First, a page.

Category Archives: General

Pros and cons of spatial targeting

An earlier post described how some residents of inner-city Baltimore in the 1960s were excluded from the benefits of certain programs because they lived outside the areas in which these programs were targeted. The programs had identified areas with the highest proportions of those in need and limited their services to those areas and their residents. Such spatial targeting has both benefits and costs, which I will consider here.

First, a definition: By spatial targeting, I mean a program for the delivery of services to some group of people, typically disadvantaged, that begins by identifying an area having the highest concentration of those people in need. The services of the program are then provided by facilities that are located in the target area. The targeting of those services can be more or less exclusive. More restrictive targeting limits eligibility for the service to those residing within the target area. Less restrictive policies make the service available to all who would otherwise be eligible, though obviously obtaining the service will be less convenient for those living farther from the target area.

Targeting has advantages. It is efficient in the sense of placing the service locations closest to the greatest numbers of intended beneficiaries. The more restrictive form of targeting can eliminate the need for what might be considered to be obtrusive means tests by restricting eligibility to the residents of the target area. (This is essentially equating “need” with target-area residence.)

A more subtle potential benefit of spatial targeting could come from the effect of the service in improving the overall levels of well-being within the area. The concentration of disadvantge in an area can have negative effects for all area residents (what economists would call a negative externality). By improving conditions for some residents of the area, these adverse neighborhood effects may be reduced, yielding further benefits that accrue to all residents.

Of course these benefits do not come without costs. A targeted program effectively discriminates against those living outside the target area. Those with equal need not living in the area may not be able to receive the services, either because of a policy restricting benefits to target-area residents or because distance to the target area makes the services inaccessible, even without a residence requirement.

With strict targeting substituting a residence requirement for a means test, some service can be provided to those with lesser need. Arguably this could be seen as being less efficient in that not as much service is being provided to those with the greatest need.

Finally, spatial targeting can limit political support for the provision of the service. To be sure, if the service is aimed at the disadvantaged, they will not constitute a majority of the electorate in any event. But by restricting the service to a limited areas, those in areas outside, both disadvantaged and not, may be less inclined to support an activity that does not assist those in need outside the target area. And spatial targeting by its very nature emphasizes the fact that the service is being provided for a relatively small segment of the population.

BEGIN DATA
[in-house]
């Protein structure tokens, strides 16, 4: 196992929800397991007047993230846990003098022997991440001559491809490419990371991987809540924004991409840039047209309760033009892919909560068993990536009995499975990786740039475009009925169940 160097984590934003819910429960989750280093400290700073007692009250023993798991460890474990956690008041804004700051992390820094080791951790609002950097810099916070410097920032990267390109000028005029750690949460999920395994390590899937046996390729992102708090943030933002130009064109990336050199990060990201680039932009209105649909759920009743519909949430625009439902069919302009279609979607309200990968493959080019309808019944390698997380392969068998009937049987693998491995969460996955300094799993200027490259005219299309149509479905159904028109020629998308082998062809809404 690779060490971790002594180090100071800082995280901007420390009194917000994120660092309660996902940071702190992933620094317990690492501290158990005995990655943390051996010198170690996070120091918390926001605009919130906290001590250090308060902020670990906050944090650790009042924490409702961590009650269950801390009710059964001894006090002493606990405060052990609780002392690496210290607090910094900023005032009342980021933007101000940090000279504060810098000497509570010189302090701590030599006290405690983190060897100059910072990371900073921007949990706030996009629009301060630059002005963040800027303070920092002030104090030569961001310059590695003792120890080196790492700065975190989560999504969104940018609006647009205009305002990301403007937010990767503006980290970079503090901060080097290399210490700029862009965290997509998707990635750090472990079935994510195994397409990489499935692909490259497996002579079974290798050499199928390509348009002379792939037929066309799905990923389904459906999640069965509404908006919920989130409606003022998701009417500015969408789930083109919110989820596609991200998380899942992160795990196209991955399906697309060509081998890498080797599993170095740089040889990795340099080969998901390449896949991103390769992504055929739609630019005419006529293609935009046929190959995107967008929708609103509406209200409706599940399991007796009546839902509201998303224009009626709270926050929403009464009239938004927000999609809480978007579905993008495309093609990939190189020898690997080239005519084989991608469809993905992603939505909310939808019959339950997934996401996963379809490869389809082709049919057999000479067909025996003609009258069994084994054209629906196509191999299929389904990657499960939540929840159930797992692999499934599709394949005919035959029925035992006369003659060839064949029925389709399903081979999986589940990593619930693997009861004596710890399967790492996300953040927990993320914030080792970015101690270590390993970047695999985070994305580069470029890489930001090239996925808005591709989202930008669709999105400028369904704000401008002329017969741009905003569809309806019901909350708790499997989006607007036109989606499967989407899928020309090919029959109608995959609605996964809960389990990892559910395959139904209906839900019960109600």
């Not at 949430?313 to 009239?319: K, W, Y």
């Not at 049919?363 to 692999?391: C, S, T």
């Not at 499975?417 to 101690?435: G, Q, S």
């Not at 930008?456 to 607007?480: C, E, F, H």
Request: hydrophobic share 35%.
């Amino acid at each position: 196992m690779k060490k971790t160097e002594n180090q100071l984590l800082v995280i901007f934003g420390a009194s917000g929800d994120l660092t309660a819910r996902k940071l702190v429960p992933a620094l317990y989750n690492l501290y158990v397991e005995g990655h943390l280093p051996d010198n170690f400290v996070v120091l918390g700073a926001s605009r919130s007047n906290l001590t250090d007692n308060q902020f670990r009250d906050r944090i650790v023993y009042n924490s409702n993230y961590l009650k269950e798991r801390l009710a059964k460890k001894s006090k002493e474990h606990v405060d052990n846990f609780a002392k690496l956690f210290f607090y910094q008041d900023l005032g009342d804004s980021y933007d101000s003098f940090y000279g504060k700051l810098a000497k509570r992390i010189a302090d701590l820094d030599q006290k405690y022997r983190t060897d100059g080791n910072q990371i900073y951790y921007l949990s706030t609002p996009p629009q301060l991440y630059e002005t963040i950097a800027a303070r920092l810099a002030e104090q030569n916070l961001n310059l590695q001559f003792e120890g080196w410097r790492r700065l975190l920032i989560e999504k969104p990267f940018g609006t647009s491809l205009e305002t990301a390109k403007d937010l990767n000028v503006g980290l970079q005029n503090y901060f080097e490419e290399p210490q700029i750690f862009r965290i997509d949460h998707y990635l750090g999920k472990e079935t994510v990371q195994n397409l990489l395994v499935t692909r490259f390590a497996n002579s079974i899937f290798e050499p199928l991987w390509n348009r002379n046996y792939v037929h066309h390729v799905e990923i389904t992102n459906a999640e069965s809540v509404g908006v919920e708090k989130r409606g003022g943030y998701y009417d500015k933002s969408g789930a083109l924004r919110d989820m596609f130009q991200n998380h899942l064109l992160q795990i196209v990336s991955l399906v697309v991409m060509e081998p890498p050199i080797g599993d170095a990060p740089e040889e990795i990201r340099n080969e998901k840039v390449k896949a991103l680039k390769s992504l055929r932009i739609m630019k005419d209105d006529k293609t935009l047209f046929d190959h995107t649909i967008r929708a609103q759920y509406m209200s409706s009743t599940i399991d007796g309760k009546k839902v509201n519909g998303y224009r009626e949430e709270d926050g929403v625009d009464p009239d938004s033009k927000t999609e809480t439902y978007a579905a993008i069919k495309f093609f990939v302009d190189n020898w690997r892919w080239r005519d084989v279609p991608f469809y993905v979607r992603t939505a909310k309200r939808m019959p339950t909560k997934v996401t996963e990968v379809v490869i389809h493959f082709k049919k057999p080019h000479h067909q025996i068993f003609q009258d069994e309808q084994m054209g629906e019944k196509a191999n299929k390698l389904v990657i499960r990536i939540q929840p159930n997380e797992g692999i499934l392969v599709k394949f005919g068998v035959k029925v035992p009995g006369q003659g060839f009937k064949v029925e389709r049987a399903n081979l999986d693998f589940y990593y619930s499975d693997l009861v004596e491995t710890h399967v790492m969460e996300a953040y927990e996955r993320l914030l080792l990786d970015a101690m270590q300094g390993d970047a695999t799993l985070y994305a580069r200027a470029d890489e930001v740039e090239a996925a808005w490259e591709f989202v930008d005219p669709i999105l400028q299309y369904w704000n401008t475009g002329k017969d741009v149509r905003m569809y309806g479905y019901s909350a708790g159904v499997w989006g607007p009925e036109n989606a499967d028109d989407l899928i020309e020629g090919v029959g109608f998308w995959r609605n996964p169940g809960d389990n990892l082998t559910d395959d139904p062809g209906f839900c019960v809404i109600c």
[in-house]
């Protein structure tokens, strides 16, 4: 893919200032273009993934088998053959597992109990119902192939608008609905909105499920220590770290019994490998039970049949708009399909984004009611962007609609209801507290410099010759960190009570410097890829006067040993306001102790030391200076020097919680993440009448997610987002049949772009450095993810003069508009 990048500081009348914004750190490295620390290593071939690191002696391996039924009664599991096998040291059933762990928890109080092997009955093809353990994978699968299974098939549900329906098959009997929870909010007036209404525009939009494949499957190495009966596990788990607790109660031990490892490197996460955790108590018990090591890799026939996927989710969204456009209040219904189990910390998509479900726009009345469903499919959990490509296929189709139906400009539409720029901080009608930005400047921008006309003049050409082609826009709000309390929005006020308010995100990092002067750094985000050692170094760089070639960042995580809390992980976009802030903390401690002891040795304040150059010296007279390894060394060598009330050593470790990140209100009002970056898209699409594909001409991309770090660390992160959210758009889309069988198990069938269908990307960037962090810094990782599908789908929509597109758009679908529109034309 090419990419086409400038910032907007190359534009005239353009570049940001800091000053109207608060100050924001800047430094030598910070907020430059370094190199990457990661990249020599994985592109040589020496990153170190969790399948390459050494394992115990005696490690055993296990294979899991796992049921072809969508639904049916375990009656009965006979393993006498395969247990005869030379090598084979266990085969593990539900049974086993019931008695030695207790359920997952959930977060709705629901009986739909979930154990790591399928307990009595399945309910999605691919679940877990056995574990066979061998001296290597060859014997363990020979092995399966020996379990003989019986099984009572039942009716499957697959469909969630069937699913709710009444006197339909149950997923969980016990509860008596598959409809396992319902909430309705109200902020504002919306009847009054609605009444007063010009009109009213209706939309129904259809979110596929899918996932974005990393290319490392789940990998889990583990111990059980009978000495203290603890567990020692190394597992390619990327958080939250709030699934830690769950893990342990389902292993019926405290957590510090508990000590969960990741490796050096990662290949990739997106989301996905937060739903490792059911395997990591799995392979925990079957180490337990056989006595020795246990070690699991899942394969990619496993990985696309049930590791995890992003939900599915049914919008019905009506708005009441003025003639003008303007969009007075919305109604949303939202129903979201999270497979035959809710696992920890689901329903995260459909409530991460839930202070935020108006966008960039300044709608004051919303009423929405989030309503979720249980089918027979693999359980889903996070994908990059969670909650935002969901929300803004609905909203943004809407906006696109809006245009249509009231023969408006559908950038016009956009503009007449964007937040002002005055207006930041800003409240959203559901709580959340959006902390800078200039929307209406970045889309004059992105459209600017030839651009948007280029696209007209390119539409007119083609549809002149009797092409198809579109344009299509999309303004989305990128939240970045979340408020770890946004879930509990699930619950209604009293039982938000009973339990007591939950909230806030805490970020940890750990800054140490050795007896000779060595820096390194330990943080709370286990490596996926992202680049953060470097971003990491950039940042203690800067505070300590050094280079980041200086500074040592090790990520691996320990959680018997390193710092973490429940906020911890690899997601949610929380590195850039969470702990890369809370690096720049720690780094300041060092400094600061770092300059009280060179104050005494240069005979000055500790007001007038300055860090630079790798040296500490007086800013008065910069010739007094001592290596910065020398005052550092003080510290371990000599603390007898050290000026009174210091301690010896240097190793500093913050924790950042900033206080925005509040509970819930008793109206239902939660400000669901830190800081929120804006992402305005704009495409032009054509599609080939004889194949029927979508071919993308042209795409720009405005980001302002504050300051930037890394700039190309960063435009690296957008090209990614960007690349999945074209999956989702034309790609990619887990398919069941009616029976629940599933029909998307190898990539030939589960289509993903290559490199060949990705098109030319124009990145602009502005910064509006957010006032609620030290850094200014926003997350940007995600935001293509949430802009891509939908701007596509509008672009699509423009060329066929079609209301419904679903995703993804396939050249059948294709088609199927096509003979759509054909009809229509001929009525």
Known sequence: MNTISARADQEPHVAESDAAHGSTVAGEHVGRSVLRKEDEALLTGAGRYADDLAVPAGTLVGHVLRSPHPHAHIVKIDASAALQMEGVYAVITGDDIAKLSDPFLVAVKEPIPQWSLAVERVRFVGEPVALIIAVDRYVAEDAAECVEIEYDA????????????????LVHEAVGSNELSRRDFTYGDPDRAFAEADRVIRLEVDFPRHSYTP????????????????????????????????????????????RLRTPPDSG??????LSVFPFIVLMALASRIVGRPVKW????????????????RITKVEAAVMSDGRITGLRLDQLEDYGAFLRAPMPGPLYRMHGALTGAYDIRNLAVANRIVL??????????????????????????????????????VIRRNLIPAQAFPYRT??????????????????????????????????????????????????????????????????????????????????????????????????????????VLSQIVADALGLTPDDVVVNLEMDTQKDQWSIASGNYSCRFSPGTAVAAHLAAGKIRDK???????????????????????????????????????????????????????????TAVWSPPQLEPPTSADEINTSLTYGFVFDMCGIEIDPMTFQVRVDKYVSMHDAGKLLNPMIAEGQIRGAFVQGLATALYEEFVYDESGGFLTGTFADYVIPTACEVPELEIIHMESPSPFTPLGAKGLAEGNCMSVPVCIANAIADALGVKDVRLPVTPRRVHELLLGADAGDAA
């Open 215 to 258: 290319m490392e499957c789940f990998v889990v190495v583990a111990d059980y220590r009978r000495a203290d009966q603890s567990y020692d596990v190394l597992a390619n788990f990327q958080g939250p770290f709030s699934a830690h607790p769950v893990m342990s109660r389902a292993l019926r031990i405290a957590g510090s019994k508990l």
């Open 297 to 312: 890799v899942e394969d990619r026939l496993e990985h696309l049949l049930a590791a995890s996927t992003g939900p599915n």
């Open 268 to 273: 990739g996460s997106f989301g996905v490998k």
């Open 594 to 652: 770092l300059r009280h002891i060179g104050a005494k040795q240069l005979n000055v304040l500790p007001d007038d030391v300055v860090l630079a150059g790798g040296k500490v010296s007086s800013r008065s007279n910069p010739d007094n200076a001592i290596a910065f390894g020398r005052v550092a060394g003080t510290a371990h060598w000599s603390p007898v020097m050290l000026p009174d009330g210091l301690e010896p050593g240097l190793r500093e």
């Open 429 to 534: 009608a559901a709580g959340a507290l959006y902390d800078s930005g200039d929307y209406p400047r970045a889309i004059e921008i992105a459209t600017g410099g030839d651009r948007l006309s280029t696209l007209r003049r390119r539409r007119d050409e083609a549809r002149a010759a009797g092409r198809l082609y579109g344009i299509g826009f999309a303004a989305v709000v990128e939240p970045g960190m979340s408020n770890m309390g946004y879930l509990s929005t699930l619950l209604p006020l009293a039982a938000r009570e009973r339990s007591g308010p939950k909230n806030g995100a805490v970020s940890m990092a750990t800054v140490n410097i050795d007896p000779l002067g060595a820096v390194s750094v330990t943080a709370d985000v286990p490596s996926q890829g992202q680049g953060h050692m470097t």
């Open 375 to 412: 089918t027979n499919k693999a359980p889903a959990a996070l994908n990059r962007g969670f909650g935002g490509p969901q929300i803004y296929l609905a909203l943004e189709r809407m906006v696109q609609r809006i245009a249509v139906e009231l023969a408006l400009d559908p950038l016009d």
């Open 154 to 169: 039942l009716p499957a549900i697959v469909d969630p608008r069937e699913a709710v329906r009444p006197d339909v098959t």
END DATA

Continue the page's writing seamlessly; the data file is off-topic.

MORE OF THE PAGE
Images of Infinite Suburbia

Several years ago, I did a series of posts discussing how articles and books critical of urban sprawl were inevitably illustrated with overhead views of fairly dense single-family development (first post), while work promoting new urbanism and smart growth more frequently showed those environments from the ground-level perspective of their residents (second post). And indeed, some of those new urbanist developments looked surprisingly similar to the sprawling areas when vieweed from above (third post).

The new book Infinite Suburbia (edited by Alan Berger and Joel Kotkin) contains scores of articles looking at suburban development from a wide range of perspectives. (I will post some additional comments on this book when I have finished reading it. (The book is huge–over 700 pages, about 6 pounds!) Many different points of view are expressed in the various pieces. The book is certainly not an unambiguous critique of urban sprawl.

But despite taking a balanced view of suburban development, the book gives in to the idea that such development should be illustrated primarily with views from above. The book includes many 2-page color spreads (nearly 50) of aerial photos of suburban areas from around the world, frequently showing areas discussed in the accompanying articles. The pictures are gorgeous, but they reinforce the notion that suburban patterns should be perceived and understood from above, not from the points of view of their inhabitants.

2-page aerial view from Infinite Suburbia